Thirteen more people died of the virus, city officials announced Thursday. More than half of the 1,165 total deaths came from nursing homes.
With a new batch of lab results, the city confirmed 341 new cases, but overall, Health Commissioner Dr. Tom Farley said the situation is looking better.
“We are continuing to make progress on our clusters in congregate settings like prisons, where there were no new cases, but now they are testing everyone who is incarcerated,” he said. “And when we do that, we do expect that we will find more cases just from the screening.”
Farley said they still have to examine several factors before the city can start to reopen — like the number of hospital beds available and how fast the cases are declining.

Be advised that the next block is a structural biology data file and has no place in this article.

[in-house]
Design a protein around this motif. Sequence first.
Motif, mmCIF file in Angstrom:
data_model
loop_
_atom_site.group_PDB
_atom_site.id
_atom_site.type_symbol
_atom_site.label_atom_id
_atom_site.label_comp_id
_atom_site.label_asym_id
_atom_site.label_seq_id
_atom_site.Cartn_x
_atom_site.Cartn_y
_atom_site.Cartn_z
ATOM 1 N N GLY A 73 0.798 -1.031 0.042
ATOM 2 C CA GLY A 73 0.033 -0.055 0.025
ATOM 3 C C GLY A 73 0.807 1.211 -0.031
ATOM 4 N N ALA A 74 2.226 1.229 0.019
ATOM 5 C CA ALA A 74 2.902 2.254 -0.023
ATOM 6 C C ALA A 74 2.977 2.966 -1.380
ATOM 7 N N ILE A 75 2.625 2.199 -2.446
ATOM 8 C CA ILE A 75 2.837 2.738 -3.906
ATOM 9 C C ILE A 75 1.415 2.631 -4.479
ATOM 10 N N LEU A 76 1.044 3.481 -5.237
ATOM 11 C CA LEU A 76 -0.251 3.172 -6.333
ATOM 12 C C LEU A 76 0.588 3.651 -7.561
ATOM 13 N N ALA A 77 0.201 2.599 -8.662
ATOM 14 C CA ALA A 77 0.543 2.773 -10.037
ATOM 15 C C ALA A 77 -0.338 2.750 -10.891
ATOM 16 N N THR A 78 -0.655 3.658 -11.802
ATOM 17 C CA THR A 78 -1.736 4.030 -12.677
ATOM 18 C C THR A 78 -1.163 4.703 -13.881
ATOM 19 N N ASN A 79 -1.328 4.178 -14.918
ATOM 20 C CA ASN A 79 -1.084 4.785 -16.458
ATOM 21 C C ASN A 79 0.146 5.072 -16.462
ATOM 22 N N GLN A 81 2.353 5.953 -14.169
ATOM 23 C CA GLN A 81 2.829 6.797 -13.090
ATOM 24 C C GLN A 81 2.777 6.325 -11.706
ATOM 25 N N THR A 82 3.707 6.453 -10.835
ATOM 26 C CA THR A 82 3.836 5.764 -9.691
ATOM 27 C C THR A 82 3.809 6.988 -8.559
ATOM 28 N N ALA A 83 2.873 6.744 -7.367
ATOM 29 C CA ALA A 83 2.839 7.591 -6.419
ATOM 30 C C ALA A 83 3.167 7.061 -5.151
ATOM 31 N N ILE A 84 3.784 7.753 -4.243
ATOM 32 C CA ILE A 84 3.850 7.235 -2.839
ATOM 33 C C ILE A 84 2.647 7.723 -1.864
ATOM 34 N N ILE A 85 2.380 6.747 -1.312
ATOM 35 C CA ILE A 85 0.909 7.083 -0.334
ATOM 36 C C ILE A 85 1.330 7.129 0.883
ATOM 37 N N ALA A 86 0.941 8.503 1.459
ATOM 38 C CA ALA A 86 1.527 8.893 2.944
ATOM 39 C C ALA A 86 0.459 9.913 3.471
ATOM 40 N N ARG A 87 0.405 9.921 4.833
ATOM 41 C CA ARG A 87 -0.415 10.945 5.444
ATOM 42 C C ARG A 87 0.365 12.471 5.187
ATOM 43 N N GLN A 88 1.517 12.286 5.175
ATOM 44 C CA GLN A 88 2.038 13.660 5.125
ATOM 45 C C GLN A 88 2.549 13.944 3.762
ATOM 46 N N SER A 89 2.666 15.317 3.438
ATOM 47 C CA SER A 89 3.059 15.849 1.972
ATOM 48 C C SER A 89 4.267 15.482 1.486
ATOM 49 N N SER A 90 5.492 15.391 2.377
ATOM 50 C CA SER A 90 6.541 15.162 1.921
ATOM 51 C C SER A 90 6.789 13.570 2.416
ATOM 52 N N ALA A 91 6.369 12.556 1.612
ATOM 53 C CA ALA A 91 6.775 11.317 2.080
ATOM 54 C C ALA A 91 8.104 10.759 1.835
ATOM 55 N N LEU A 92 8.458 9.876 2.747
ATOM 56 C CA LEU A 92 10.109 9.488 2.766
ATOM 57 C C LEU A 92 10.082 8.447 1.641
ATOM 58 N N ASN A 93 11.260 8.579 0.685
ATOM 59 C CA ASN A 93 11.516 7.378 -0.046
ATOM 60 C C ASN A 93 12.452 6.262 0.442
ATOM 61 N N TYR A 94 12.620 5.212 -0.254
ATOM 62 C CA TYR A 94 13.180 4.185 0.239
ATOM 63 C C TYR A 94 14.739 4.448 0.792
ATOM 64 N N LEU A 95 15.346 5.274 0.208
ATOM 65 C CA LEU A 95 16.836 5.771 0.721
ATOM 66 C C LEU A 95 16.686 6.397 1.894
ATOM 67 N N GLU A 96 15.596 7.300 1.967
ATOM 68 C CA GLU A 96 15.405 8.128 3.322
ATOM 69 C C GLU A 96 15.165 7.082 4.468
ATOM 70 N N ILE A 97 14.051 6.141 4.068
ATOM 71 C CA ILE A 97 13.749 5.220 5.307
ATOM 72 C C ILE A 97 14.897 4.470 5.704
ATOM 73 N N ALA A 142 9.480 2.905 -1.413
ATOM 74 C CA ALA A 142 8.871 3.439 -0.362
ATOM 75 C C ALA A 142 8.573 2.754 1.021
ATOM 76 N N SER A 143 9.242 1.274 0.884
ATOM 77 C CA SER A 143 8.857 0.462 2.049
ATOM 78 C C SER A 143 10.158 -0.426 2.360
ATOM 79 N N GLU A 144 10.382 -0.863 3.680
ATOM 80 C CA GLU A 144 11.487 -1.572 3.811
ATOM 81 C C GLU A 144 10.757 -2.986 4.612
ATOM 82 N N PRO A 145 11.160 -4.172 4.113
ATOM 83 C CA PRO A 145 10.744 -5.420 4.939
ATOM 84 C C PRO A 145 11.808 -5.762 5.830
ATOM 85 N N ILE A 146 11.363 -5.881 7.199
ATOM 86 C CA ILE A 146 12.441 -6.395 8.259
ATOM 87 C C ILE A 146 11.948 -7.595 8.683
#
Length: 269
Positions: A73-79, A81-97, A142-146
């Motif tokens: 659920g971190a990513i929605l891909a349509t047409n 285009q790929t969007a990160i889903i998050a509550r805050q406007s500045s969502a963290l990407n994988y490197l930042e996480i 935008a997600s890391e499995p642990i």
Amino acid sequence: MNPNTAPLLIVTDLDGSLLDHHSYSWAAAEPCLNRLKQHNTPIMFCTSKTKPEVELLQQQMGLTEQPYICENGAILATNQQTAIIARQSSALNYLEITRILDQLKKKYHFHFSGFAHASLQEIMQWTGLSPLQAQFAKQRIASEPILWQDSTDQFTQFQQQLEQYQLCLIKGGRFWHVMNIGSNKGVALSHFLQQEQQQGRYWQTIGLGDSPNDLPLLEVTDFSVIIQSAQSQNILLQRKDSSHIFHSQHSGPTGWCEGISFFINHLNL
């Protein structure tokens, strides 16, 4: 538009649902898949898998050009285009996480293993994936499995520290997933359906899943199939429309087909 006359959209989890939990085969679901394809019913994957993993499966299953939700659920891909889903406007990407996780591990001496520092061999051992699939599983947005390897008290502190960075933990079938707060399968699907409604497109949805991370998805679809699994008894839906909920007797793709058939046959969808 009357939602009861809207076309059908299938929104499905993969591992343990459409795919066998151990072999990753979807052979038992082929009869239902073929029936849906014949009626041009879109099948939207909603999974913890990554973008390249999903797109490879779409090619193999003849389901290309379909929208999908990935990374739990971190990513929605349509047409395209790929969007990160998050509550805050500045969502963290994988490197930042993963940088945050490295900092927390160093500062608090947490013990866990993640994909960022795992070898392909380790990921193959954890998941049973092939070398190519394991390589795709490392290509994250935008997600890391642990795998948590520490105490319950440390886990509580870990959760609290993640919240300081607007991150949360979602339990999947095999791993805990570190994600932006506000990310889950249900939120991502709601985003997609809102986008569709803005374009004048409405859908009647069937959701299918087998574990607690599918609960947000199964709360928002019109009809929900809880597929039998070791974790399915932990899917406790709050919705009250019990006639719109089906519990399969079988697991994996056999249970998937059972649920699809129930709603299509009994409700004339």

But Mayor Jim Kenney said just because the numbers are better doesn’t mean they’ll loosen restrictions.
“If we have a major surge in September, October, November, we could be right back where we were in mid-late March, or worse,” he warned.
Since the start of the crisis in mid-March, Philadelphia has confirmed 20,700 cases of COVID-19.
Kenney added that the city is working on special summer programming for kids, as the city will likely continue major restrictions through the summer.
“It is not worth it to jump precipitously unless we know for sure, or at least to a great percentage, that we are not going to create another surge,” he added.
The city is searching for volunteers for the Playstreets program, which provides free meals and offers recreational activities on blocked-off, one-way streets in the city.
“Volunteers must be available to close their street each weekday from June 15 to Aug. 25 and distribute grab-and-go meals to local kids from noon to 3 p.m.,” he said.
Residents who live on one-way streets in the city and want to volunteer must apply to be a supervisor by June 5.